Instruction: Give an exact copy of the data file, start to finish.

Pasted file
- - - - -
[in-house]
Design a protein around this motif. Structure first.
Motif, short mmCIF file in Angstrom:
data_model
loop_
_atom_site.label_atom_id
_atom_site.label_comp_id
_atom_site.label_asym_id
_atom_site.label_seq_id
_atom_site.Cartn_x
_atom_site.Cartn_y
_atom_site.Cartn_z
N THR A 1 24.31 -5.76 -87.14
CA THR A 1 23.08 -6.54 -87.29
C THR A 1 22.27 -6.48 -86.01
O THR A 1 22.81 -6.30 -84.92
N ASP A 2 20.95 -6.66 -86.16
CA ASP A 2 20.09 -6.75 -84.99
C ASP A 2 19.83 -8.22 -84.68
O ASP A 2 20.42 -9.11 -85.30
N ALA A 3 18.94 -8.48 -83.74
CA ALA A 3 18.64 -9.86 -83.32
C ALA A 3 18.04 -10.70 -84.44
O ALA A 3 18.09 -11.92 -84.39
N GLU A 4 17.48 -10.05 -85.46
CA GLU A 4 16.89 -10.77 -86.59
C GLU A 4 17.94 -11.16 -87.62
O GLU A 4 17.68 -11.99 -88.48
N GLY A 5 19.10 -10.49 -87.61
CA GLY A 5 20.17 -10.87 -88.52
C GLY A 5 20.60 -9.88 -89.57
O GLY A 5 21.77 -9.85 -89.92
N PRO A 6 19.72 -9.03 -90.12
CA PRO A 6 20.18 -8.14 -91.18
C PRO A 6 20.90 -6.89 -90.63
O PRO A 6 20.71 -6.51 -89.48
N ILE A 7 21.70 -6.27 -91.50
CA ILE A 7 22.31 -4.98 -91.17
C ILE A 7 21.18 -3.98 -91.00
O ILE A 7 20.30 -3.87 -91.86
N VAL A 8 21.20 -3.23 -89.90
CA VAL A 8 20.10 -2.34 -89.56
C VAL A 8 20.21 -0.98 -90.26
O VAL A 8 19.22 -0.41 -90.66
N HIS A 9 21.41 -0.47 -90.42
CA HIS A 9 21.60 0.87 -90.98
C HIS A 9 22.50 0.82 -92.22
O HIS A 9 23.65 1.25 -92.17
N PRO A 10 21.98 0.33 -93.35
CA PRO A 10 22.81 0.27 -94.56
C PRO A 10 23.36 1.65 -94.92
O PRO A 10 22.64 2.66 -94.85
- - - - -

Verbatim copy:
[in-house]
Design a protein around this motif. Structure first.
Motif, short mmCIF file in Angstrom:
data_model
loop_
_atom_site.label_atom_id
_atom_site.label_comp_id
_atom_site.label_asym_id
_atom_site.label_seq_id
_atom_site.Cartn_x
_atom_site.Cartn_y
_atom_site.Cartn_z
N THR A 1 24.31 -5.76 -87.14
CA THR A 1 23.08 -6.54 -87.29
C THR A 1 22.27 -6.48 -86.01
O THR A 1 22.81 -6.30 -84.92
N ASP A 2 20.95 -6.66 -86.16
CA ASP A 2 20.09 -6.75 -84.99
C ASP A 2 19.83 -8.22 -84.68
O ASP A 2 20.42 -9.11 -85.30
N ALA A 3 18.94 -8.48 -83.74
CA ALA A 3 18.64 -9.86 -83.32
C ALA A 3 18.04 -10.70 -84.44
O ALA A 3 18.09 -11.92 -84.39
N GLU A 4 17.48 -10.05 -85.46
CA GLU A 4 16.89 -10.77 -86.59
C GLU A 4 17.94 -11.16 -87.62
O GLU A 4 17.68 -11.99 -88.48
N GLY A 5 19.10 -10.49 -87.61
CA GLY A 5 20.17 -10.87 -88.52
C GLY A 5 20.60 -9.88 -89.57
O GLY A 5 21.77 -9.85 -89.92
N PRO A 6 19.72 -9.03 -90.12
CA PRO A 6 20.18 -8.14 -91.18
C PRO A 6 20.90 -6.89 -90.63
O PRO A 6 20.71 -6.51 -89.48
N ILE A 7 21.70 -6.27 -91.50
CA ILE A 7 22.31 -4.98 -91.17
C ILE A 7 21.18 -3.98 -91.00
O ILE A 7 20.30 -3.87 -91.86
N VAL A 8 21.20 -3.23 -89.90
CA VAL A 8 20.10 -2.34 -89.56
C VAL A 8 20.21 -0.98 -90.26
O VAL A 8 19.22 -0.41 -90.66
N HIS A 9 21.41 -0.47 -90.42
CA HIS A 9 21.60 0.87 -90.98
C HIS A 9 22.50 0.82 -92.22
O HIS A 9 23.65 1.25 -92.17
N PRO A 10 21.98 0.33 -93.35
CA PRO A 10 22.81 0.27 -94.56
C PRO A 10 23.36 1.65 -94.92
O PRO A 10 22.64 2.66 -94.85